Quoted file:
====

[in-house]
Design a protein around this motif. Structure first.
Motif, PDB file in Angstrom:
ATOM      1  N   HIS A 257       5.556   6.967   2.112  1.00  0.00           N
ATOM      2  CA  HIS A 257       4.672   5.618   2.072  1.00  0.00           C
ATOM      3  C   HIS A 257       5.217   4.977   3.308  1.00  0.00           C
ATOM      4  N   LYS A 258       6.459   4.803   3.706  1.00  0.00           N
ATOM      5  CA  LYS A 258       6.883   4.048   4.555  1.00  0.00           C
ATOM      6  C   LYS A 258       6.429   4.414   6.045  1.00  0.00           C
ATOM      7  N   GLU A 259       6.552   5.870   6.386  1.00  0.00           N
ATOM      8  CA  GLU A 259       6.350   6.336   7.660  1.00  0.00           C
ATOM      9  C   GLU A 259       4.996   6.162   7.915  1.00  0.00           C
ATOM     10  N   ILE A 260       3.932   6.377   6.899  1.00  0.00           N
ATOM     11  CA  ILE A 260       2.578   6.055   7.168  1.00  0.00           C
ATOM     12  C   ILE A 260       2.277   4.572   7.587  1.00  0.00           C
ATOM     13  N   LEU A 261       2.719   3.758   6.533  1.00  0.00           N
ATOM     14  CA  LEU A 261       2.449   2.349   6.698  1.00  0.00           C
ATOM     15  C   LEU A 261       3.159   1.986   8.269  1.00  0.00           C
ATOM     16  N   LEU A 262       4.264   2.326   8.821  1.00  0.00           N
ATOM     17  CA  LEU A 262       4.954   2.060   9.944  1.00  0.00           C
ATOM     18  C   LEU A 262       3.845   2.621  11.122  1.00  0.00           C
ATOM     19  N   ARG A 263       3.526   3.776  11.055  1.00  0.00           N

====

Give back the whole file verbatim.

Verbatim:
[in-house]
Design a protein around this motif. Structure first.
Motif, PDB file in Angstrom:
ATOM      1  N   HIS A 257       5.556   6.967   2.112  1.00  0.00           N
ATOM      2  CA  HIS A 257       4.672   5.618   2.072  1.00  0.00           C
ATOM      3  C   HIS A 257       5.217   4.977   3.308  1.00  0.00           C
ATOM      4  N   LYS A 258       6.459   4.803   3.706  1.00  0.00           N
ATOM      5  CA  LYS A 258       6.883   4.048   4.555  1.00  0.00           C
ATOM      6  C   LYS A 258       6.429   4.414   6.045  1.00  0.00           C
ATOM      7  N   GLU A 259       6.552   5.870   6.386  1.00  0.00           N
ATOM      8  CA  GLU A 259       6.350   6.336   7.660  1.00  0.00           C
ATOM      9  C   GLU A 259       4.996   6.162   7.915  1.00  0.00           C
ATOM     10  N   ILE A 260       3.932   6.377   6.899  1.00  0.00           N
ATOM     11  CA  ILE A 260       2.578   6.055   7.168  1.00  0.00           C
ATOM     12  C   ILE A 260       2.277   4.572   7.587  1.00  0.00           C
ATOM     13  N   LEU A 261       2.719   3.758   6.533  1.00  0.00           N
ATOM     14  CA  LEU A 261       2.449   2.349   6.698  1.00  0.00           C
ATOM     15  C   LEU A 261       3.159   1.986   8.269  1.00  0.00           C
ATOM     16  N   LEU A 262       4.264   2.326   8.821  1.00  0.00           N
ATOM     17  CA  LEU A 262       4.954   2.060   9.944  1.00  0.00           C
ATOM     18  C   LEU A 262       3.845   2.621  11.122  1.00  0.00           C
ATOM     19  N   ARG A 263       3.526   3.776  11.055  1.00  0.00           N